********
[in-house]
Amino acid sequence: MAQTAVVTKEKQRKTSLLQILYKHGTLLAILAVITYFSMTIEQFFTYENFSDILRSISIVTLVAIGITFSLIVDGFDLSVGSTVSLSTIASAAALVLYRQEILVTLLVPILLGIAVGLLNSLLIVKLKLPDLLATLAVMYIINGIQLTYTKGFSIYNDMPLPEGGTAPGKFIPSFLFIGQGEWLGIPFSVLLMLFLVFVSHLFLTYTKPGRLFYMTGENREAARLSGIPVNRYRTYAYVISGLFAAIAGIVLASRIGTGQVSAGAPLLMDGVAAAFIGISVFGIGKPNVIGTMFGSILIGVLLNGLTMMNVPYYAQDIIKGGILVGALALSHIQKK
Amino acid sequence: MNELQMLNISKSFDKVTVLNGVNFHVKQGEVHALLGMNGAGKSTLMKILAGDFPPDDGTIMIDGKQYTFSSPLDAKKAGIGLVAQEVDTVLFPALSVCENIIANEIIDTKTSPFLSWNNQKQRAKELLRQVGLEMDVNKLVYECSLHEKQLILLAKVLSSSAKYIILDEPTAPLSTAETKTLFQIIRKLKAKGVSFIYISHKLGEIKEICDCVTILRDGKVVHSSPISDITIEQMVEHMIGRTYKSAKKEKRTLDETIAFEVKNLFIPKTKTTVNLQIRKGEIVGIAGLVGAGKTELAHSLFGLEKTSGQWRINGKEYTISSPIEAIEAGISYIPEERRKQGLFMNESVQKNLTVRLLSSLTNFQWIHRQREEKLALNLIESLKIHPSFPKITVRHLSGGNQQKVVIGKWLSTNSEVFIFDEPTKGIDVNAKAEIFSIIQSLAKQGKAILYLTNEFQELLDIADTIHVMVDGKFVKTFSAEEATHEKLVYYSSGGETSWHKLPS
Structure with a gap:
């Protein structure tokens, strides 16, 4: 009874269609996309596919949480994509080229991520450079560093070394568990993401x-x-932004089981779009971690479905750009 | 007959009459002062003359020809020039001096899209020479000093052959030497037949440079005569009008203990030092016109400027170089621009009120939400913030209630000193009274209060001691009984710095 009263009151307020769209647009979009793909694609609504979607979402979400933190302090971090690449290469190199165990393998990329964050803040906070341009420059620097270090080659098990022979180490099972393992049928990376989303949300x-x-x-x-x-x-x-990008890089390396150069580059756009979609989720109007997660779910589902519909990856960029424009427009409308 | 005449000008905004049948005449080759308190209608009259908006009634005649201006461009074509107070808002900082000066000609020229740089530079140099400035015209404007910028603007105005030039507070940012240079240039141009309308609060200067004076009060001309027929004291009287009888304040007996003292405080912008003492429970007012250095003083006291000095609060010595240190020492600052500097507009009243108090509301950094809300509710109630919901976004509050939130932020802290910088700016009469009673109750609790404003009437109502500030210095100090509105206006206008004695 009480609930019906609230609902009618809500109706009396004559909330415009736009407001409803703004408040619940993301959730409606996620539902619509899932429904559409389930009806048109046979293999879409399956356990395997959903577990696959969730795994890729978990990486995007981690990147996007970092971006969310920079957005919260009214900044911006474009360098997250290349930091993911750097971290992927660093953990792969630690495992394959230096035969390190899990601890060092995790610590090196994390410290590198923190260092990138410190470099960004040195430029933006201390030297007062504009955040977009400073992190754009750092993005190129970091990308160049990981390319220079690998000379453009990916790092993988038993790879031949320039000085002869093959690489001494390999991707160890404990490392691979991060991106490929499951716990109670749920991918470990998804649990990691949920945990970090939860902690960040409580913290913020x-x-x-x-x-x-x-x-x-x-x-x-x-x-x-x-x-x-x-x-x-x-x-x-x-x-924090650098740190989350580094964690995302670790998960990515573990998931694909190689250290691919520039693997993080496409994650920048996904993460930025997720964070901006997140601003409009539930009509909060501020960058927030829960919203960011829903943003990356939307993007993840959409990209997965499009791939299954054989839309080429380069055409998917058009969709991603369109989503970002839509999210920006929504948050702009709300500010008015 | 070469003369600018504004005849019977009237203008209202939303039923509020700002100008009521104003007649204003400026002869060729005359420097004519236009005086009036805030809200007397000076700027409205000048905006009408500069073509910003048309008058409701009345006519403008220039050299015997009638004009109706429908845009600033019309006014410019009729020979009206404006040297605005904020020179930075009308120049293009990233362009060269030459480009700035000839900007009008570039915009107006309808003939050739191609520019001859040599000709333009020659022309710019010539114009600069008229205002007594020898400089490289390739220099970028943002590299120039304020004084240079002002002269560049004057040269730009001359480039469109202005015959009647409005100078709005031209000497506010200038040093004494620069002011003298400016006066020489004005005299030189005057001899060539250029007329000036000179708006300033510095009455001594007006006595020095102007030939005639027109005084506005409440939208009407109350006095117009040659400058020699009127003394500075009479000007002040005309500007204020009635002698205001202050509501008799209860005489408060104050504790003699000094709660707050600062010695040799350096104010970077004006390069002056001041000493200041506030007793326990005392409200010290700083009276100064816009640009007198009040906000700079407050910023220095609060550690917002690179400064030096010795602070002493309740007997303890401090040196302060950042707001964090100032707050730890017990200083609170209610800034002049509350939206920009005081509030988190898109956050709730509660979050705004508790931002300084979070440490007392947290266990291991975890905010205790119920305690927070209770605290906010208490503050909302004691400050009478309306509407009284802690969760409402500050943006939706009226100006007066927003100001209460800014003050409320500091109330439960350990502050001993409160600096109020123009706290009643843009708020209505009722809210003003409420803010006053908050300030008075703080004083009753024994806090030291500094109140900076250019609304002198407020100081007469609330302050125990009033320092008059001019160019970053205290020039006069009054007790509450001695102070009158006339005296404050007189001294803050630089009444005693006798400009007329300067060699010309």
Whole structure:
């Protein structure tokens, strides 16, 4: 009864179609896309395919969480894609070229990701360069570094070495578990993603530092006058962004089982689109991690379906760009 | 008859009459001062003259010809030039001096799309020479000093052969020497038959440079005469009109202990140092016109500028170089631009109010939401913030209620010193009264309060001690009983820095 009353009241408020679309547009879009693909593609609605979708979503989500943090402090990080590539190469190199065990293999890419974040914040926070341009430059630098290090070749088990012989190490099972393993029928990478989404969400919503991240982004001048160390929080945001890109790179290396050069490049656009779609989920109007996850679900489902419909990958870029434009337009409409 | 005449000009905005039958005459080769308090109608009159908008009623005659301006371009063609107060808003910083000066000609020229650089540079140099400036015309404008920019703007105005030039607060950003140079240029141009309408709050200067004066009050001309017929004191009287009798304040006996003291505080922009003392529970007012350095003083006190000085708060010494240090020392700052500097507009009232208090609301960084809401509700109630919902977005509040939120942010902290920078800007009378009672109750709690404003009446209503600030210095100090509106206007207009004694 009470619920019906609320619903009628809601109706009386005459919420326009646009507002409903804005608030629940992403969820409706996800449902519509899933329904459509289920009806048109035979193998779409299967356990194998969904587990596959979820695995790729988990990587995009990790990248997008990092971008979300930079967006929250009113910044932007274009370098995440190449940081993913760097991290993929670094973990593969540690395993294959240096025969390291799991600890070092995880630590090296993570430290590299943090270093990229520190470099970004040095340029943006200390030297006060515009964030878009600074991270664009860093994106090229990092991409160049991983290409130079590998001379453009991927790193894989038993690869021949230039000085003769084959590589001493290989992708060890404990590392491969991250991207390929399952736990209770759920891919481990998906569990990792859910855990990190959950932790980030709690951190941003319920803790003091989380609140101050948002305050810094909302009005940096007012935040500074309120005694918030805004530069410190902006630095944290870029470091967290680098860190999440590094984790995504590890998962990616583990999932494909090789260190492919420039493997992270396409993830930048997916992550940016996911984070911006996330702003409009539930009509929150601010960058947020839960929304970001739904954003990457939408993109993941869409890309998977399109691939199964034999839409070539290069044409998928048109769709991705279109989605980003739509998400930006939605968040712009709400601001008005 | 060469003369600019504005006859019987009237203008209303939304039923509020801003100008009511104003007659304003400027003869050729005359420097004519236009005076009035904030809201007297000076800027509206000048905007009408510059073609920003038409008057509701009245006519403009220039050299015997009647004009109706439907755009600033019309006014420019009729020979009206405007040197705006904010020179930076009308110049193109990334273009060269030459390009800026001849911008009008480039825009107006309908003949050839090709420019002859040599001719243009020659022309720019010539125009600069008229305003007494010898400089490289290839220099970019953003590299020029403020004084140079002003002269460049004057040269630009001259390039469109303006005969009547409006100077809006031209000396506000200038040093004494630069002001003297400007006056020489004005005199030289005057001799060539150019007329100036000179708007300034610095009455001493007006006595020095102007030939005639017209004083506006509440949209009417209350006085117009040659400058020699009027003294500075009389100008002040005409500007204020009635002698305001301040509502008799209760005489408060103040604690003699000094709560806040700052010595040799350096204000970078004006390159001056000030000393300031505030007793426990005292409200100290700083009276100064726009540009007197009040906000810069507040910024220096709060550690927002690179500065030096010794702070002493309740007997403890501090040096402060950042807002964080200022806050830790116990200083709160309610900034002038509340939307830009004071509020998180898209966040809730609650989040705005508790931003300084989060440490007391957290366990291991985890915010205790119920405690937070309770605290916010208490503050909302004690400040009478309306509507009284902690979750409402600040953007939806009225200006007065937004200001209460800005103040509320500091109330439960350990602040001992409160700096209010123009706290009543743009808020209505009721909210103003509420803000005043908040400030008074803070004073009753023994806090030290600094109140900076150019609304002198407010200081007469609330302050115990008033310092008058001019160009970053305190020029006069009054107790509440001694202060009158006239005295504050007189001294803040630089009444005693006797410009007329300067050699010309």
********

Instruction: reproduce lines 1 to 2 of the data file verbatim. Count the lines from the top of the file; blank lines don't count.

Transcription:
[in-house]
Amino acid sequence: MAQTAVVTKEKQRKTSLLQILYKHGTLLAILAVITYFSMTIEQFFTYENFSDILRSISIVTLVAIGITFSLIVDGFDLSVGSTVSLSTIASAAALVLYRQEILVTLLVPILLGIAVGLLNSLLIVKLKLPDLLATLAVMYIINGIQLTYTKGFSIYNDMPLPEGGTAPGKFIPSFLFIGQGEWLGIPFSVLLMLFLVFVSHLFLTYTKPGRLFYMTGENREAARLSGIPVNRYRTYAYVISGLFAAIAGIVLASRIGTGQVSAGAPLLMDGVAAAFIGISVFGIGKPNVIGTMFGSILIGVLLNGLTMMNVPYYAQDIIKGGILVGALALSHIQKK